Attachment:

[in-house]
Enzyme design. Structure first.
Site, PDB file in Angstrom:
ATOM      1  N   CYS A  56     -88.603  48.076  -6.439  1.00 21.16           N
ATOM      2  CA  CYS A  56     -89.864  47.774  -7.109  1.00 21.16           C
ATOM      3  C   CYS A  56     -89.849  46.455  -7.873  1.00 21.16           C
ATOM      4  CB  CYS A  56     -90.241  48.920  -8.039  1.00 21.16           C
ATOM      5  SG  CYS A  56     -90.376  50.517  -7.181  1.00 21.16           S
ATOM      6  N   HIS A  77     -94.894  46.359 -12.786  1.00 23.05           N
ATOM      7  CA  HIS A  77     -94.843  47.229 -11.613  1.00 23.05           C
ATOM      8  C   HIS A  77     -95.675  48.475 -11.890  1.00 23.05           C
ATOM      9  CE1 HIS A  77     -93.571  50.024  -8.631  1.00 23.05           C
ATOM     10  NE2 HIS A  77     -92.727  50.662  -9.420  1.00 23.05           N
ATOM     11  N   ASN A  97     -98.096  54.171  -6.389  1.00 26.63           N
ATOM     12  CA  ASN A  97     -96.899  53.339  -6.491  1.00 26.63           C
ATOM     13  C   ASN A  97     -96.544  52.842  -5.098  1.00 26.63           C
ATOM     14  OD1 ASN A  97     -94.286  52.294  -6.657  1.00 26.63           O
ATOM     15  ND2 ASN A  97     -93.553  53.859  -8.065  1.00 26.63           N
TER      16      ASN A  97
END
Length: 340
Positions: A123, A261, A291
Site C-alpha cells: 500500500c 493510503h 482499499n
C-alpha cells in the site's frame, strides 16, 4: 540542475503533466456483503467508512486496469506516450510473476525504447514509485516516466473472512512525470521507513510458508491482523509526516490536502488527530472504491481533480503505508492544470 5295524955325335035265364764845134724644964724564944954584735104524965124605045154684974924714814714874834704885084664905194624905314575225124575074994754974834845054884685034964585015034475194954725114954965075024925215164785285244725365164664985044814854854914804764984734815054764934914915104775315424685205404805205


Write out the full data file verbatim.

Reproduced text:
[in-house]
Enzyme design. Structure first.
Site, PDB file in Angstrom:
ATOM      1  N   CYS A  56     -88.603  48.076  -6.439  1.00 21.16           N
ATOM      2  CA  CYS A  56     -89.864  47.774  -7.109  1.00 21.16           C
ATOM      3  C   CYS A  56     -89.849  46.455  -7.873  1.00 21.16           C
ATOM      4  CB  CYS A  56     -90.241  48.920  -8.039  1.00 21.16           C
ATOM      5  SG  CYS A  56     -90.376  50.517  -7.181  1.00 21.16           S
ATOM      6  N   HIS A  77     -94.894  46.359 -12.786  1.00 23.05           N
ATOM      7  CA  HIS A  77     -94.843  47.229 -11.613  1.00 23.05           C
ATOM      8  C   HIS A  77     -95.675  48.475 -11.890  1.00 23.05           C
ATOM      9  CE1 HIS A  77     -93.571  50.024  -8.631  1.00 23.05           C
ATOM     10  NE2 HIS A  77     -92.727  50.662  -9.420  1.00 23.05           N
ATOM     11  N   ASN A  97     -98.096  54.171  -6.389  1.00 26.63           N
ATOM     12  CA  ASN A  97     -96.899  53.339  -6.491  1.00 26.63           C
ATOM     13  C   ASN A  97     -96.544  52.842  -5.098  1.00 26.63           C
ATOM     14  OD1 ASN A  97     -94.286  52.294  -6.657  1.00 26.63           O
ATOM     15  ND2 ASN A  97     -93.553  53.859  -8.065  1.00 26.63           N
TER      16      ASN A  97
END
Length: 340
Positions: A123, A261, A291
Site C-alpha cells: 500500500c 493510503h 482499499n
C-alpha cells in the site's frame, strides 16, 4: 540542475503533466456483503467508512486496469506516450510473476525504447514509485516516466473472512512525470521507513510458508491482523509526516490536502488527530472504491481533480503505508492544470 5295524955325335035265364764845134724644964724564944954584735104524965124605045154684974924714814714874834704885084664905194624905314575225124575074994754974834845054884685034964585015034475194954725114954965075024925215164785285244725365164664985044814854854914804764984734815054764934914915104775315424685205404805205